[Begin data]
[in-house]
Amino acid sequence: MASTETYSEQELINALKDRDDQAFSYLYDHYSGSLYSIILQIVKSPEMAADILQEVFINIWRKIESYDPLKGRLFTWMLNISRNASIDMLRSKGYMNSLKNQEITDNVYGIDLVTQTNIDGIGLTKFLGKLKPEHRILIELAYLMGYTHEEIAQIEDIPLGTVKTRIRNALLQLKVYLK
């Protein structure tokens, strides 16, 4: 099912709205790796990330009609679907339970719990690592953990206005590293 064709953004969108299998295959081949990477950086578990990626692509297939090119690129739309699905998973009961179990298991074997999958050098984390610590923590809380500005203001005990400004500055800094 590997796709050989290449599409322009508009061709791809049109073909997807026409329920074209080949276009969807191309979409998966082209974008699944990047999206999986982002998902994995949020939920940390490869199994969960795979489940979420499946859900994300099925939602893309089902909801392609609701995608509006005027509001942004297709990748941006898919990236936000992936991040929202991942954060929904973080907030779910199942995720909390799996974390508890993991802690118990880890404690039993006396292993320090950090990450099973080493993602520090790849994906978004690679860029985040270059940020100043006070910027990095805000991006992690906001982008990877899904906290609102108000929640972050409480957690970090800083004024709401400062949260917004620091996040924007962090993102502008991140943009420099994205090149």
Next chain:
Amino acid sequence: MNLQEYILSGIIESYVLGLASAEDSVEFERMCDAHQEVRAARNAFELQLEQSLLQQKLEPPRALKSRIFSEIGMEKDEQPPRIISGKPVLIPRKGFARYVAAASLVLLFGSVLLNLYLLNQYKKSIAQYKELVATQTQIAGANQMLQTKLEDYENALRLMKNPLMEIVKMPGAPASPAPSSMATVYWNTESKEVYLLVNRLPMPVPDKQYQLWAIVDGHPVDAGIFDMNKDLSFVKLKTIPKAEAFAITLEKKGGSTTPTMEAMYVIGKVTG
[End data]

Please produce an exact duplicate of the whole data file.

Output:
[in-house]
Amino acid sequence: MASTETYSEQELINALKDRDDQAFSYLYDHYSGSLYSIILQIVKSPEMAADILQEVFINIWRKIESYDPLKGRLFTWMLNISRNASIDMLRSKGYMNSLKNQEITDNVYGIDLVTQTNIDGIGLTKFLGKLKPEHRILIELAYLMGYTHEEIAQIEDIPLGTVKTRIRNALLQLKVYLK
């Protein structure tokens, strides 16, 4: 099912709205790796990330009609679907339970719990690592953990206005590293 064709953004969108299998295959081949990477950086578990990626692509297939090119690129739309699905998973009961179990298991074997999958050098984390610590923590809380500005203001005990400004500055800094 590997796709050989290449599409322009508009061709791809049109073909997807026409329920074209080949276009969807191309979409998966082209974008699944990047999206999986982002998902994995949020939920940390490869199994969960795979489940979420499946859900994300099925939602893309089902909801392609609701995608509006005027509001942004297709990748941006898919990236936000992936991040929202991942954060929904973080907030779910199942995720909390799996974390508890993991802690118990880890404690039993006396292993320090950090990450099973080493993602520090790849994906978004690679860029985040270059940020100043006070910027990095805000991006992690906001982008990877899904906290609102108000929640972050409480957690970090800083004024709401400062949260917004620091996040924007962090993102502008991140943009420099994205090149």
Next chain:
Amino acid sequence: MNLQEYILSGIIESYVLGLASAEDSVEFERMCDAHQEVRAARNAFELQLEQSLLQQKLEPPRALKSRIFSEIGMEKDEQPPRIISGKPVLIPRKGFARYVAAASLVLLFGSVLLNLYLLNQYKKSIAQYKELVATQTQIAGANQMLQTKLEDYENALRLMKNPLMEIVKMPGAPASPAPSSMATVYWNTESKEVYLLVNRLPMPVPDKQYQLWAIVDGHPVDAGIFDMNKDLSFVKLKTIPKAEAFAITLEKKGGSTTPTMEAMYVIGKVTG